Figure 2.

Recurrence-free survival curves stratified by (image) pathological complete response (pT0) and (image) non-pT0 in patients in neoadjuvant group. Log–rank P = 0.018.

Table 4. Clinical and pathological outcomes of neoadjuvant chemotherapy (N = 25)
 Number of patients (%)
  1. pT, pathological complete response.
Clinical outcome 
Complete response11(44)
Partial response4(16)
Stable disease7(28)
Progressive disease3(12)
Pathological outcome 
pT010(40)
pT11(4)
≥pT214(56)

Positive pelvic node metastasis, which was analyzed in surgical specimens, was present in six patients in each of the neoadjuvant and adjuvant groups. The pathological node metastasis rates were not significantly different between the two groups (25 vs 35%; P = 0.49).

Discussion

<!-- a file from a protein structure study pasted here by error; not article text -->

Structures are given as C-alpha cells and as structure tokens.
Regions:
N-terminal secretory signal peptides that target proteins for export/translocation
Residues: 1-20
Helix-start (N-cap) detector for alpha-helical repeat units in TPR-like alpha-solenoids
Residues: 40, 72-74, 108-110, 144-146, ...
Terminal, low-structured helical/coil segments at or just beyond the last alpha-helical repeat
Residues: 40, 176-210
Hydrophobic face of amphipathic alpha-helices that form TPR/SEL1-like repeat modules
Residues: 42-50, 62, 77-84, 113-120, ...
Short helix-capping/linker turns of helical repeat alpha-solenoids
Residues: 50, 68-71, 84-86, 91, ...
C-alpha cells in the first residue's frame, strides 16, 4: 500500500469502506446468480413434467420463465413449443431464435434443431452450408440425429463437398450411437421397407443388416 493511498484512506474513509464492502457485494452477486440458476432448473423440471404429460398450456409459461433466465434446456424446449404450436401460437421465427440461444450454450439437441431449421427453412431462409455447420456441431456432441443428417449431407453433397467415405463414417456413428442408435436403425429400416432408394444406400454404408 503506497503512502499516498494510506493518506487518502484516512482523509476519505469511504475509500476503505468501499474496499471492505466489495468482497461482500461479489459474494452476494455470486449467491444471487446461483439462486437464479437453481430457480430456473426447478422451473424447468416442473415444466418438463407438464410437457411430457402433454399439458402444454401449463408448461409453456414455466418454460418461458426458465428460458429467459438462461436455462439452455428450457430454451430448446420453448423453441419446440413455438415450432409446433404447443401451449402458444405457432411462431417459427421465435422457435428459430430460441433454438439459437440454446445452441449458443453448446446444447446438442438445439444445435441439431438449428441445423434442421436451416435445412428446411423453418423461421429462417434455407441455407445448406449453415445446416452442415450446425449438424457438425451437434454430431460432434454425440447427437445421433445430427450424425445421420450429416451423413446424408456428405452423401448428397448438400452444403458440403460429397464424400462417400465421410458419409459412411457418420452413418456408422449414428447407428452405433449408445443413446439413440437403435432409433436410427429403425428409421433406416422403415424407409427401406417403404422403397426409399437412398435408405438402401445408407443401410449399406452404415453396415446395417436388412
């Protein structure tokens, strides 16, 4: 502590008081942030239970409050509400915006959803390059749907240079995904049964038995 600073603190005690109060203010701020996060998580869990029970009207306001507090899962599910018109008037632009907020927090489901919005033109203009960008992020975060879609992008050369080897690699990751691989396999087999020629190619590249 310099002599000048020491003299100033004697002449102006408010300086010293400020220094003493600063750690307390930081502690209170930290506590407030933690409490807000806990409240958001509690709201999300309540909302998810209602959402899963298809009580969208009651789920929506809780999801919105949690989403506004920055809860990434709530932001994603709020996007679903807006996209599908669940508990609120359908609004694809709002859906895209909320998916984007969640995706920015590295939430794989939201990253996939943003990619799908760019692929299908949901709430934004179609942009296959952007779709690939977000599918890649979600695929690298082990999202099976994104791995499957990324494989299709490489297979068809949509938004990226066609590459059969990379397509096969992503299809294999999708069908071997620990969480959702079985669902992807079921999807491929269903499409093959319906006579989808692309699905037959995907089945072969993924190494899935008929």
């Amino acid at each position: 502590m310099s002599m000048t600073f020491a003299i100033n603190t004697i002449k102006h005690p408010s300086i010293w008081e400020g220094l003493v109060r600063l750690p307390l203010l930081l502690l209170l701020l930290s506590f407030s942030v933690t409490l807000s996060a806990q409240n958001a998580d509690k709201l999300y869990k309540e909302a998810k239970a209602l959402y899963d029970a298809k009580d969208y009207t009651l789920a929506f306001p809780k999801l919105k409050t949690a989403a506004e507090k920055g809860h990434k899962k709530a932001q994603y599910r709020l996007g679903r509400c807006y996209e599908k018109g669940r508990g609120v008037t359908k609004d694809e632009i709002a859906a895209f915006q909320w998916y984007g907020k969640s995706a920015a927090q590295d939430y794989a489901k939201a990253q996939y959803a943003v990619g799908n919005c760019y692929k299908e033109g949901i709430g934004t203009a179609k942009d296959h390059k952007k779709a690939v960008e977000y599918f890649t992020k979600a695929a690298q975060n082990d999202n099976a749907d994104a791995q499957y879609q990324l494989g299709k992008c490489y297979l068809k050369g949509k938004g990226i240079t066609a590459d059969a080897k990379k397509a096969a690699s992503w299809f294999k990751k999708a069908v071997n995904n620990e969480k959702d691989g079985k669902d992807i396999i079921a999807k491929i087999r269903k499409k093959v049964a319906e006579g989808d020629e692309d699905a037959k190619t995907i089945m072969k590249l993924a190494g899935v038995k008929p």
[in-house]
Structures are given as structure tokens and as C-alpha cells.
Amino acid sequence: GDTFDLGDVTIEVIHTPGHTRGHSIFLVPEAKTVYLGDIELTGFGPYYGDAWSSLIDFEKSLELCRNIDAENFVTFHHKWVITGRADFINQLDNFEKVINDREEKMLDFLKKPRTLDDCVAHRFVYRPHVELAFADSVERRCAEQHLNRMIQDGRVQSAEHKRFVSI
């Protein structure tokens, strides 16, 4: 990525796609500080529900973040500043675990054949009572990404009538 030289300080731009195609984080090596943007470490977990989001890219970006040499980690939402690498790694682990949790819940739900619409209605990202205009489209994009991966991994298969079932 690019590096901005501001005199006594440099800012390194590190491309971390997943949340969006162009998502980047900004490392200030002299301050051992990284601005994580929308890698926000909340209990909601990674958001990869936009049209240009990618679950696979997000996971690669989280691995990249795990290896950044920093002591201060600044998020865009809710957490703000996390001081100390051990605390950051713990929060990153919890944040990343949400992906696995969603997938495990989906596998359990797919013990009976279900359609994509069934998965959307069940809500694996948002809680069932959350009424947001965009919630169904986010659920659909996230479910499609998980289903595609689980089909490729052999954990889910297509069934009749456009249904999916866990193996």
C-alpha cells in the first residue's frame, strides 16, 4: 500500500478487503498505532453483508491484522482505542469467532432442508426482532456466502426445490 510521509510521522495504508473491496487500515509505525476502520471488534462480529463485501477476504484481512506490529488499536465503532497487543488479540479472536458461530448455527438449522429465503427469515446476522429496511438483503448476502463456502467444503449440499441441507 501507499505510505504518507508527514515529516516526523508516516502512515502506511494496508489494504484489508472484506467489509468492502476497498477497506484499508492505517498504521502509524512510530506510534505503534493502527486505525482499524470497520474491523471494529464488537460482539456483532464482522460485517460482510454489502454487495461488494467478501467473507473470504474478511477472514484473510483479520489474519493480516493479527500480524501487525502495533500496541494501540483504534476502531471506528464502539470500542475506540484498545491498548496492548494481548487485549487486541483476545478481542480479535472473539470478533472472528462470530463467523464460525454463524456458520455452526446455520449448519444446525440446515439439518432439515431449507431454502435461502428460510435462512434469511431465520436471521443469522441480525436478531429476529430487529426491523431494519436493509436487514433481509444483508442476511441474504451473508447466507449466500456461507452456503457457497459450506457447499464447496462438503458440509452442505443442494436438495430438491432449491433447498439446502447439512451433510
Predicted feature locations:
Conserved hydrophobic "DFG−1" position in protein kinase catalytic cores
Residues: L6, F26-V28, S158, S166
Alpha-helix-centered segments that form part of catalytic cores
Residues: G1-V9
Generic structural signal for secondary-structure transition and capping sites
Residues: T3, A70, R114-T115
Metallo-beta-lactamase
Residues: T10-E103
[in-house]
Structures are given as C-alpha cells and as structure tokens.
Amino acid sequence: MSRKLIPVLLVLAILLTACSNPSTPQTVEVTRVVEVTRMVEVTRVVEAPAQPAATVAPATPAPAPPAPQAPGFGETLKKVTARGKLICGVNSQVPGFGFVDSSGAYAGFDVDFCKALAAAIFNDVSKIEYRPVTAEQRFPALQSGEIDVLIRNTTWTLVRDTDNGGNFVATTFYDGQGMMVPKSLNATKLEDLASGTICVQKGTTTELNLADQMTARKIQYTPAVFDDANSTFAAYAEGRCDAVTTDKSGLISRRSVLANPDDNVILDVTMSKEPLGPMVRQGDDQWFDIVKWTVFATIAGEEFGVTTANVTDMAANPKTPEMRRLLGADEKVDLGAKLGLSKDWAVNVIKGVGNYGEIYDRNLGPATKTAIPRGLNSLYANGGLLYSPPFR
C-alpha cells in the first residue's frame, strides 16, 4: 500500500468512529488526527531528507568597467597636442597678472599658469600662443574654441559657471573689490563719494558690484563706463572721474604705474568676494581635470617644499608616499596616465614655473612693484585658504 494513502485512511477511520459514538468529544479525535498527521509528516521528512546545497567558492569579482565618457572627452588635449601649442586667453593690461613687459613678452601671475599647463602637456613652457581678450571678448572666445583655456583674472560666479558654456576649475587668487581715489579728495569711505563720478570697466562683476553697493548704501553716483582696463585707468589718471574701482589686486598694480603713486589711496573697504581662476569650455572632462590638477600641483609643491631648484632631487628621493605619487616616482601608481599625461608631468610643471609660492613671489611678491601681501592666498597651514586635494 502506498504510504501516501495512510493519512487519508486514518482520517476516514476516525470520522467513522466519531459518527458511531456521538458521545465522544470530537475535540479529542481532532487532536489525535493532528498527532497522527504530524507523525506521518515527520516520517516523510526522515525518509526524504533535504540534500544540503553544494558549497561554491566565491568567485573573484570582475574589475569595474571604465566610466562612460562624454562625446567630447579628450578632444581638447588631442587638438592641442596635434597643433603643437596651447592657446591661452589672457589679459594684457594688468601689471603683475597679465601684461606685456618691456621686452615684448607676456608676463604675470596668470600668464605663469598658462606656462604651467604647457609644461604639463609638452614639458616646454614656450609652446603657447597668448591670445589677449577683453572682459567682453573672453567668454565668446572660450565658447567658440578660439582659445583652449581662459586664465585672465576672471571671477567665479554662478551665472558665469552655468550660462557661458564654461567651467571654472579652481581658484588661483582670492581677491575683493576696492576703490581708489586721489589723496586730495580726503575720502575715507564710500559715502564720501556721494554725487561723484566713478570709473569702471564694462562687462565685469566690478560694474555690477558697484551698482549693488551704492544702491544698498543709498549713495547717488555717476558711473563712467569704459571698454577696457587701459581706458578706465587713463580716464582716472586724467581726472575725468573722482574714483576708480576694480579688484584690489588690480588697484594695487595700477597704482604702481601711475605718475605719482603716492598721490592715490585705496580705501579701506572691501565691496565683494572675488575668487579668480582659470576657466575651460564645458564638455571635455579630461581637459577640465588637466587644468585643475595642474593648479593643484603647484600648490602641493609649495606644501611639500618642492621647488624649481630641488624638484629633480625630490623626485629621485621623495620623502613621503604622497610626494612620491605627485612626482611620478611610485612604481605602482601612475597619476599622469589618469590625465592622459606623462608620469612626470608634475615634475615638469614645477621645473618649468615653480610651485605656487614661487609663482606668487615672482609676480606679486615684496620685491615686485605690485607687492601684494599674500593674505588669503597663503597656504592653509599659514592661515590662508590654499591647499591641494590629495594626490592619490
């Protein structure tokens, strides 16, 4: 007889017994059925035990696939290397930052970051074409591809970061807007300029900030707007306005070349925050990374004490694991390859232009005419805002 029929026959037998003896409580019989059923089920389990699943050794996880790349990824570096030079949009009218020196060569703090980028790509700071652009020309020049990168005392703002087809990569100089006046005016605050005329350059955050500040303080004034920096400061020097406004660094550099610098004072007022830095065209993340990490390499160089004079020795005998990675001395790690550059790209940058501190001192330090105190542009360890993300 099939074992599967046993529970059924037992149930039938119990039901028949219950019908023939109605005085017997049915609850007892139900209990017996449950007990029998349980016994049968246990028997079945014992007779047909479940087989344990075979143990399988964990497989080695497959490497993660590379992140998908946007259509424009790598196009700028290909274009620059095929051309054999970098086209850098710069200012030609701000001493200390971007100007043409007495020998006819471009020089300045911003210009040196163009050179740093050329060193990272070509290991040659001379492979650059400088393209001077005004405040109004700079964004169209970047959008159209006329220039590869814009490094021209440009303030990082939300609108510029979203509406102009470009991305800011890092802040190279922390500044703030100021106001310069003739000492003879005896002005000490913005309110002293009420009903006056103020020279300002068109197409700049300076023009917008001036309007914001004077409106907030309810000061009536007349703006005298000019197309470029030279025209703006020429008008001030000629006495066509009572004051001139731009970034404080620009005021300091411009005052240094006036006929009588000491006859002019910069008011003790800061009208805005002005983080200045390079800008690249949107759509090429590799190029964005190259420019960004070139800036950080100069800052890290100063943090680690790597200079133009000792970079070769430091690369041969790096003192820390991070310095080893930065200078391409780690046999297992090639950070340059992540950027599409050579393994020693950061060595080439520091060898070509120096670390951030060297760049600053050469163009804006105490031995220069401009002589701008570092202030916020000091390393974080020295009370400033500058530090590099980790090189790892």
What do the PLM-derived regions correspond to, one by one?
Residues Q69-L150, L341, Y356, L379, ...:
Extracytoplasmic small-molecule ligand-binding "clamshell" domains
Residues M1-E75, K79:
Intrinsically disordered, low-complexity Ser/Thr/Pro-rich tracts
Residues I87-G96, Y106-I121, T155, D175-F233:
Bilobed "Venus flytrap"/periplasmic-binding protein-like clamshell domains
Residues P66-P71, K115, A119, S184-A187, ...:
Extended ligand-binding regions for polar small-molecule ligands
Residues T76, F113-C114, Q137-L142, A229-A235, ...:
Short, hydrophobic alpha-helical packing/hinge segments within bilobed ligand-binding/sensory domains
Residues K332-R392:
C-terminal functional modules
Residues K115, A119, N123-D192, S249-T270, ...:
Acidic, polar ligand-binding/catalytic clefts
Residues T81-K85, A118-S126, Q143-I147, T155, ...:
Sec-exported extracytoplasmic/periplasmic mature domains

Perioperative systemic chemotherapy, especially neoadjuvant chemotherapy added to radical cystectomy, has been demonstrated in many randomized trials to provide a significant survival benefit.[5, 7] Based on this level I evidence, at our institution neoadjuvant chemotherapy followed by radical cystectomy has been increasingly used in patients with muscle-invasive bladder cancer. However, in almost all previous trials the chemotherapy regimen was not GC but other platinum-based combinations. To the best of our knowledge, studies with the GC regimen as neoadjuvant chemotherapy were performed only as minimal retrospective analyses.[21, 22] In addition, information about the usefulness of adjuvant chemotherapy is limited because of a lack of results from large randomized trials. No prospective studies or small retrospective analyses have directly compared neoadjuvant with adjuvant GC chemotherapy in patients with muscle-invasive bladder cancer. Despite the limited evidences of the benefit of adjuvant chemotherapy, especially the GC regimen, adjuvant chemotherapy already is widely used in daily practice.